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252 Brega, A. G. and L. M. Coleman 1999 Effects of Religiosity an d Racial Socialization on Subjective Stigmatization in African American Adolescents. Journal of Adolescence 22:223-242. Brown, Audrey and Ericka Hill 2006 African American-Heritage and Ethnogr aphy: A Self-Paced Training Resource, Ethnography Program. Washington, D.C.: National Park Service. Burcaw, G. Ellis 1997 Introduction to Museum Work. Na shville, TN: AltaMira Press. Burke, Peter J 1980 The Self Measurement Requirements from an Interactionist Perspective. Social Psychology Quarterly 43:18-29. Burns, P.M. 1997 An Introduction to Tourism a nd Anthropology. London: Routledge. Carter, R. T., and Helms, J. E. 1987 The Relationship of Value Orientations to Racial Identity Attitudes. Measurement and Evaluation in Counseling and Development: 185-195. Caudill, W. and D. Plath 1966 Who Sleeps By Whom? Parent-Child Involvement in Urban Japanese Families. Psychiatry 29:344-366. Chavez, Alicia F., and Florence Guido-DiBrito 1999 Racial and Ethnic Identity and Developm ent. In New Directions for Adult and Continuing Education, Vol. 84: Jossey-Bass Publishers. Clifford, James 1988 The Predicament of Culture: TwentiethCentury Ethnography, Literature, and Art. Cambridge, MA: Harvard University Press. Collier-Thomas, Bettye 1981 An Historical Overview of Black Mu seums and Institutions with Museum Functions: 1800-1980. Negro Hi story Bulletin 44(3):56-58. Collier, Donald & Harry Tshopik, Jr. 1954 The Role of Museums in American Anthropology. American Anthropologist 56:768-79. Conyers, James L. Jr. 2005 Afrocentric Traditions. New Br unswick: Transaction Publishers. Cross, W.E., Jr. 1971 Toward a Psychology of Black Liberation: The Negro-to Black Convergence Experience. Black World 20:13-27.

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253 1978 The Cross and Thomas Models of Psychological Nigrescence. Journal of Black Psychology 5(1):13-19. 1991 Shades of Black: Diversity in African American Identity. Philadelphia: Temple University Press. 1995 The Psychology of Nigrescence: Revis iting the Cross Model. In Handbook of Multicultural Counseling. J.M.C. J. G. Ponterott, L.A. Suzuki, and C. M. Alexander eds., ed. Thousand Oaks, CA: Sage. Crowell, J., M. Keener, N. Ginsburg and T. Anders 1987 Sleep Habits in Toddlers 18 to 36 Mont hs Old. American Journal of Child and Adolescent Psychiatry 26:510-515. Cuellar, I., L. C. Harris, and R. Jasso 1980 An Acculturation Scale for Mexican-Amer ican Normal and Clinical Populations. Hispanic Journal of Behavioral Sciences 2:199-217. Dana, R. H. 1993 Multicultural Assessment Perspectives for Professional Psychology. Boston: Allyn & Bacon. Datum, Beverly D. 1992 Talking About Race, Learning About Racism : The Application of Racial Identity Development Theory in the Classroom. Harvard Educational Review 12(1). Deagan, Kathleen A. 1995 Fort Mose. Gainesville: Univ ersity Press of Florida. deCharms, R. 1968 Personal Causation. New York: Academic Press. Deci, E. L. 1975 Intrinsic Motivati on. New York: Plenum. Deci, E. L. and R. M. Ryan 2000 The "What" and "Why" of Goal Pursuits: Human Needs and the SelfDetermination of Behavior. Psychological Inquiry 11:227-268. Demo, D. H. and M. Hughes 1990 Socialization and Racial Identity in Black Americans. Social Psychology Quarterly 53:364-374. Demo, David H., Stephen A. Sma ll, & Ritch C. Savin-Williams 1987 Family Relations and the Self-Esteem of Adolescents and Their Parents. Journal of Marriage and th e Family 49:705-15.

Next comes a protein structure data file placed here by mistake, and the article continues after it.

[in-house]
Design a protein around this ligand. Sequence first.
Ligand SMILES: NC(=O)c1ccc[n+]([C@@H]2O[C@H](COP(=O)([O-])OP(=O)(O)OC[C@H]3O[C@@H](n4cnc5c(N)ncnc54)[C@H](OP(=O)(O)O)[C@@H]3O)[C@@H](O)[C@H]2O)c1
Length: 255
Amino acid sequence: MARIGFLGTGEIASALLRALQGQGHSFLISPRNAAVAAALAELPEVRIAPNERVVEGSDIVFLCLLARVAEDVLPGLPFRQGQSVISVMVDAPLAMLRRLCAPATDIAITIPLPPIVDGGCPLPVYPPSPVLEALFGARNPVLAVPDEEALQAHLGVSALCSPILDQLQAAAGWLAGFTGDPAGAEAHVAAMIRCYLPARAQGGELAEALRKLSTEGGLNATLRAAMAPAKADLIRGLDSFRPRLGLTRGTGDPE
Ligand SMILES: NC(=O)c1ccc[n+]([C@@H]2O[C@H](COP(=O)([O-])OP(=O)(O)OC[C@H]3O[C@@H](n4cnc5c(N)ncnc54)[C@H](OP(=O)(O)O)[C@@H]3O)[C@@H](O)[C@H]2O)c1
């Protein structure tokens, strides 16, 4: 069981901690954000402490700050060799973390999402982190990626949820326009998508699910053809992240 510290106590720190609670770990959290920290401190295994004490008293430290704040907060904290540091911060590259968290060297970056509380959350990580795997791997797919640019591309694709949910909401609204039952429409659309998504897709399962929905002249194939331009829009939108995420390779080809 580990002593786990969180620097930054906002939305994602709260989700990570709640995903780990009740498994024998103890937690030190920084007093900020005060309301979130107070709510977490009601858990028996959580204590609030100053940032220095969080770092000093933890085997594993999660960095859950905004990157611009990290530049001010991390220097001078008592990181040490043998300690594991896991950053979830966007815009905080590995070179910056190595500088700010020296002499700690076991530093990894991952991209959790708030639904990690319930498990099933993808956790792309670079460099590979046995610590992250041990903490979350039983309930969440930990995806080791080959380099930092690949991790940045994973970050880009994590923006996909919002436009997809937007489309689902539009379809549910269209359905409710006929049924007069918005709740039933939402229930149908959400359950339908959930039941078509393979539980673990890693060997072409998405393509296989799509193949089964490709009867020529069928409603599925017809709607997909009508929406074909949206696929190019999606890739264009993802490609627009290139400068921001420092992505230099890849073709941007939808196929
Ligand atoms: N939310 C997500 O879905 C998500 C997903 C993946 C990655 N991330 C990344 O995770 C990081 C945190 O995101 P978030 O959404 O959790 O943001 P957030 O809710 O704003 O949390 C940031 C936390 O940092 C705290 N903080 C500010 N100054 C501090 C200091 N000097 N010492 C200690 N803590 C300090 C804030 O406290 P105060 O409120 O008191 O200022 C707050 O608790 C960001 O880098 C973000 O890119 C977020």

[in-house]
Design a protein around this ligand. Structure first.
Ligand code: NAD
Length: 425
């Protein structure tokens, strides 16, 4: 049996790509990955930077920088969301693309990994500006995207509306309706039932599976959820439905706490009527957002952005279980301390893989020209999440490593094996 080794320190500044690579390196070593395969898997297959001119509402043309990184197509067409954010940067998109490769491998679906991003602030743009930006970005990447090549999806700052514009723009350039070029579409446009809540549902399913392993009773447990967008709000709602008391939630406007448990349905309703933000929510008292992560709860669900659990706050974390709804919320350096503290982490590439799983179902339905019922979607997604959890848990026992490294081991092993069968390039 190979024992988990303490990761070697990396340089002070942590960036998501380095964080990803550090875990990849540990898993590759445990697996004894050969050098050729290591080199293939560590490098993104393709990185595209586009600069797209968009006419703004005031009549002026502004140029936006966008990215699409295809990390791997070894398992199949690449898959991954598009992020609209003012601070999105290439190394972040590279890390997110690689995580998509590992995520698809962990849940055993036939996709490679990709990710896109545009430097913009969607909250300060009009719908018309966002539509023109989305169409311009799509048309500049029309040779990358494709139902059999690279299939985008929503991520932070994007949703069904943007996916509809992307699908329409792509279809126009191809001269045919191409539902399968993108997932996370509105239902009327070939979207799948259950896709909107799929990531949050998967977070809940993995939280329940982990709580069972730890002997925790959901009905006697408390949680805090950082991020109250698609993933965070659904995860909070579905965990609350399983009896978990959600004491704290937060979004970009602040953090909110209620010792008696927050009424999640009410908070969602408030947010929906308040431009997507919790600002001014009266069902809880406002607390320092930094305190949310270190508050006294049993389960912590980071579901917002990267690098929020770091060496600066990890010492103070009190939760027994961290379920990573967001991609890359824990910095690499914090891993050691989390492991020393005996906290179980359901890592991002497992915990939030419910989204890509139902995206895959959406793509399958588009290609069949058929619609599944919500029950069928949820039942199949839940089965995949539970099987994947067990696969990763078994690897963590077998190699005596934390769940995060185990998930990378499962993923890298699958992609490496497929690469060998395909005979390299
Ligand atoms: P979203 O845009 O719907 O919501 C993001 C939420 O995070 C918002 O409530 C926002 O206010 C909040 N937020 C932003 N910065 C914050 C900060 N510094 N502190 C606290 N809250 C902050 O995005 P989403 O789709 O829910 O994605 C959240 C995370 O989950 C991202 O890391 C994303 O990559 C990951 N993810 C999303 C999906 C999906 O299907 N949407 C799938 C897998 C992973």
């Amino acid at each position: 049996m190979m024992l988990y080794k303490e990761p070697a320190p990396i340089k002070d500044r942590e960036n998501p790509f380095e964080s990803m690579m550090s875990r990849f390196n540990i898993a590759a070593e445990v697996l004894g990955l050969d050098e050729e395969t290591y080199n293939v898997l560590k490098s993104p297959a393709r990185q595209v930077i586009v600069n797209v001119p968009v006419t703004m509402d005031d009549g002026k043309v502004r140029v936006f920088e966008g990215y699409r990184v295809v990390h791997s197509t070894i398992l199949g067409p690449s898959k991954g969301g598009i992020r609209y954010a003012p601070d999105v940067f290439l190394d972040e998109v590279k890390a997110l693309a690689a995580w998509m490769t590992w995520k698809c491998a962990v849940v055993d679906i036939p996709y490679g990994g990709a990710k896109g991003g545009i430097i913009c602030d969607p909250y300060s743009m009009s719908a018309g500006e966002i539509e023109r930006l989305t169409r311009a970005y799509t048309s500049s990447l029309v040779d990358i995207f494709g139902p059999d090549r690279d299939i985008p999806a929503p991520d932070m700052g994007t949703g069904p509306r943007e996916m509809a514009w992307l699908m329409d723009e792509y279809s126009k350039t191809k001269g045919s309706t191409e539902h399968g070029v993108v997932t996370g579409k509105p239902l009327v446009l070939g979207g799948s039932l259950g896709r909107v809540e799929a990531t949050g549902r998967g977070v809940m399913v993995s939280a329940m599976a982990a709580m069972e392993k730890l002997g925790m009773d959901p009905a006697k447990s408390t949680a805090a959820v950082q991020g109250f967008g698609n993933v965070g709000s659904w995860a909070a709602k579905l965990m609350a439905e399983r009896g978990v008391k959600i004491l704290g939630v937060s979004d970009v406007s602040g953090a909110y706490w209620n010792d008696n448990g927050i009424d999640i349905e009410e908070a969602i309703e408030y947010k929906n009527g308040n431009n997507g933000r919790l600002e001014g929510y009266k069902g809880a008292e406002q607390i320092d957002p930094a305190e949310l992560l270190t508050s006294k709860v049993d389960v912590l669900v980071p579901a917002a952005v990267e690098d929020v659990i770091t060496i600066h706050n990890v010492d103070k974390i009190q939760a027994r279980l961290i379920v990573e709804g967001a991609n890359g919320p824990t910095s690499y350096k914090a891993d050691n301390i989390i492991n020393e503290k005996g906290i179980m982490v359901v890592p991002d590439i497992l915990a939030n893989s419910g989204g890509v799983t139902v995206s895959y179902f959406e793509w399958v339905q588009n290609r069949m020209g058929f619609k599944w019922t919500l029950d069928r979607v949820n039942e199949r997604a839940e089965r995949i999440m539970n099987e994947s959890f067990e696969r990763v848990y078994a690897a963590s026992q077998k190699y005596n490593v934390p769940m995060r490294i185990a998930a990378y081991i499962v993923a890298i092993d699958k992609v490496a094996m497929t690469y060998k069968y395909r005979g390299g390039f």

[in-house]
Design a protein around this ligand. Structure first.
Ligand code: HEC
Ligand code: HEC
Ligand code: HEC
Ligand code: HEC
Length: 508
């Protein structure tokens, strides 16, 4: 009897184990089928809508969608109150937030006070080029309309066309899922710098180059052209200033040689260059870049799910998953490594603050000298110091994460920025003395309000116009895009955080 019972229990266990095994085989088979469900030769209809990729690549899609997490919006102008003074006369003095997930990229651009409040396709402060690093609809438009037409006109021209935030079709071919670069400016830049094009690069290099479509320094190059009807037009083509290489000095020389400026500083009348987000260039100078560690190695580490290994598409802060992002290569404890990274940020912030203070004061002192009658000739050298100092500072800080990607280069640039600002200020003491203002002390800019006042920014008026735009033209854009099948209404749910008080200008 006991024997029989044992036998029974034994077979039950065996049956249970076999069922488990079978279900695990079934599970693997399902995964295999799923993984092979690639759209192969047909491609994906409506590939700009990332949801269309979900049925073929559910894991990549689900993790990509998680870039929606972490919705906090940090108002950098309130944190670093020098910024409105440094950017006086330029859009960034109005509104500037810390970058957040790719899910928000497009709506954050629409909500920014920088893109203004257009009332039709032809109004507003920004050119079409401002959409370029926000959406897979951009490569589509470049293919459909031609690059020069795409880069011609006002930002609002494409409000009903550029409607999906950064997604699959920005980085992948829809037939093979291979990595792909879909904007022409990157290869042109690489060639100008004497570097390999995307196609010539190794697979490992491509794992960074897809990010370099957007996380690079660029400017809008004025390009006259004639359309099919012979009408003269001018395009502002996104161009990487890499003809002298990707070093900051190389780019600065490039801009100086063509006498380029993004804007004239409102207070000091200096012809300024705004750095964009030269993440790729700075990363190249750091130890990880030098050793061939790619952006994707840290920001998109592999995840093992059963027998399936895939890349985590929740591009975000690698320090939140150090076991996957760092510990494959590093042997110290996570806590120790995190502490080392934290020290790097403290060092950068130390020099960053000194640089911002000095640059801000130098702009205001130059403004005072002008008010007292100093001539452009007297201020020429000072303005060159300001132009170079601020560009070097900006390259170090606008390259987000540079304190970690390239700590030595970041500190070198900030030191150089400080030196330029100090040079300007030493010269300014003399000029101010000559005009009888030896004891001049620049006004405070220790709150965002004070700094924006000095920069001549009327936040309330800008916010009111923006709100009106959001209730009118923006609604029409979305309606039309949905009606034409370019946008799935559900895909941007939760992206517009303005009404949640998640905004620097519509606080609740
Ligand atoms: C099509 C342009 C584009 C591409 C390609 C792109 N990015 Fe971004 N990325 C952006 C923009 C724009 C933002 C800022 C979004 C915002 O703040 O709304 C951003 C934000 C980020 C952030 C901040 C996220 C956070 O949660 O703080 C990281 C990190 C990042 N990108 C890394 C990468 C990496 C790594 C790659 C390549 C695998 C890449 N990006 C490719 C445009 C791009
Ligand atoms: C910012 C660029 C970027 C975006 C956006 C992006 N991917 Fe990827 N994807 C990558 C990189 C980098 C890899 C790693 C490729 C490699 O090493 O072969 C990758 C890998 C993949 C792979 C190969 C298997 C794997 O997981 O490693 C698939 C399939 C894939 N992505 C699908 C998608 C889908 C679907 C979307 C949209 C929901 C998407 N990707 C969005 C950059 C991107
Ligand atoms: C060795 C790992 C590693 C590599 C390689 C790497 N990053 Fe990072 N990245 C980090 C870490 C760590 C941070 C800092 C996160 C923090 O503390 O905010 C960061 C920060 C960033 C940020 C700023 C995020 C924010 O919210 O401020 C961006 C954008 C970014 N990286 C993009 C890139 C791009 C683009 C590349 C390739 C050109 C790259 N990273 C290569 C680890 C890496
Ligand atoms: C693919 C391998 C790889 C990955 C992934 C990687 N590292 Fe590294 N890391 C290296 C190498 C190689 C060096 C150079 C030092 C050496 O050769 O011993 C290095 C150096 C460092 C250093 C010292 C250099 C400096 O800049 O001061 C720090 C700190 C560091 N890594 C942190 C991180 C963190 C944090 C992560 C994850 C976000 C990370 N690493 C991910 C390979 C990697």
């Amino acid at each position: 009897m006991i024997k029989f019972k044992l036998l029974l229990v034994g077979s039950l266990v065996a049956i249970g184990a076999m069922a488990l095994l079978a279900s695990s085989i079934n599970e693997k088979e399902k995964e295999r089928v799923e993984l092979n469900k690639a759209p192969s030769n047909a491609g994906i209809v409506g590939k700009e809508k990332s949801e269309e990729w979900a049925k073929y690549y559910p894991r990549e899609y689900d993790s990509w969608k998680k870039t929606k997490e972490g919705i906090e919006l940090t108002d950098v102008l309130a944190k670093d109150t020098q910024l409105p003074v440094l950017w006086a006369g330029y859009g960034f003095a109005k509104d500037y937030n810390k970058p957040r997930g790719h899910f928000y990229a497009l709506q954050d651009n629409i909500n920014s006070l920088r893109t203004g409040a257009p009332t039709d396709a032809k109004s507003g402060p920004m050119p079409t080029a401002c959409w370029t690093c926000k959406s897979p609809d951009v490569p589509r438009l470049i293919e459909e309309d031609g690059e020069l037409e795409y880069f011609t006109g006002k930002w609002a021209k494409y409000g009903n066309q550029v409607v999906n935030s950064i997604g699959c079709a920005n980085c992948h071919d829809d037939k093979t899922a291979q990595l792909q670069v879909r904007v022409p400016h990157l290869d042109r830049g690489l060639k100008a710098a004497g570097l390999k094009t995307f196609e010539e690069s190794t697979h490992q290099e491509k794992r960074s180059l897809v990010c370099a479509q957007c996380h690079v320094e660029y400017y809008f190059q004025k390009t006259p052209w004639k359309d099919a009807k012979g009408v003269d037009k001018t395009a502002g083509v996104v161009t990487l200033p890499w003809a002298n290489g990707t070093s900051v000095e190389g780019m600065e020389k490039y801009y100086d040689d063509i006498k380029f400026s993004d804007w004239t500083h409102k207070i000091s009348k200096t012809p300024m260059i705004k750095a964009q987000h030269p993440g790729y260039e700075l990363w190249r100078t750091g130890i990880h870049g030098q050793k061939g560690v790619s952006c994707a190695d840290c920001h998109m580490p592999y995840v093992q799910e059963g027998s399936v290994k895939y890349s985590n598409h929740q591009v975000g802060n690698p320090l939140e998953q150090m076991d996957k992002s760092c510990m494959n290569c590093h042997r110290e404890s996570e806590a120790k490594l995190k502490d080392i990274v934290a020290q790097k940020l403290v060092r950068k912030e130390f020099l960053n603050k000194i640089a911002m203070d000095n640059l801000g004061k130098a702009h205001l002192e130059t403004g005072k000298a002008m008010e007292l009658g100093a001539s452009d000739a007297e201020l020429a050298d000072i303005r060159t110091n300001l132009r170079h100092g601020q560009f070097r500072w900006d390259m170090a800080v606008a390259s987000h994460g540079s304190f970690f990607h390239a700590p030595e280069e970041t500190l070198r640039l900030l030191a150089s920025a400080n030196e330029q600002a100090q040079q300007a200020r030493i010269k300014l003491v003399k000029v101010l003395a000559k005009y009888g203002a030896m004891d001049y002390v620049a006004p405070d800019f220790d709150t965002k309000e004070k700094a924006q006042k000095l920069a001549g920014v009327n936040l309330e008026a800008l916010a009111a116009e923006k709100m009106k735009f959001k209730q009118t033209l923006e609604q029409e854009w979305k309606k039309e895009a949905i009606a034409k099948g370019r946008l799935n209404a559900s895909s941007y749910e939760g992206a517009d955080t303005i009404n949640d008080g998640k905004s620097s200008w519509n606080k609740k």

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254 Dickerson, Amina Jill 1984 Afro-American Museums: A Future Full of Promise. Roundtable Reports 9 2 & 3:14-18. 1988 The History and Instituti onal Development of African American Museums, American University. 1996 Museums. In Encyclopedia of African Am erican Culture and History. L.S. Jack Salzman, and Cornell West, ed. Pp. 1886-1888, Vol. 4. New York: Simon & Schuster. DiMaggio, Paul 1992 Race, Ethnicity, and Partic ipation in the Arts: Patt erns of Participation by Hispanics, White, and African Americans in Selected Activities from 1982 and 1985 Surveys of Public Participation in the Arts. Washington, DC: Steven Locks Press. DuBois, W. E. B 1965 The Souls of Black Folk. New York: Avon Books. Dunn, Marvin 1997 Black Miami in the Twentieth Century. Ga inesville: University Press of Florida. Early, James Counts 1996 Culture [Wars] and the African Diaspora: Challenge and Opportunity for U. S. Museums. Issue: A Journal of Opinio n, African Diaspora Studies 24(2):31-33. Edson, G. 1997 Museum Ethics. London: Routledge. Ellen, R. F. Ed. 1984 Ethnographic Research. London: Academic Press. Esner, R. 2001 In the Eye of the Beholder: On Cultura l Contexts and Art Interpretation. Journal of Museum Education 26(2):14-16. Evans, N.J., D.S. Forney, and F. Guido-DiBrito 1998 Student Development in College: Theory, Research and Application. San Francisco: Jossey-Bass. Falk, John H. 1993 Leisure Decisions Influe ncing African American Use of Museums. Washington, DC: American Association of Museums. 1998 Visitors: Who Does, Who Doesn' t and Why. Museums (April):38-43.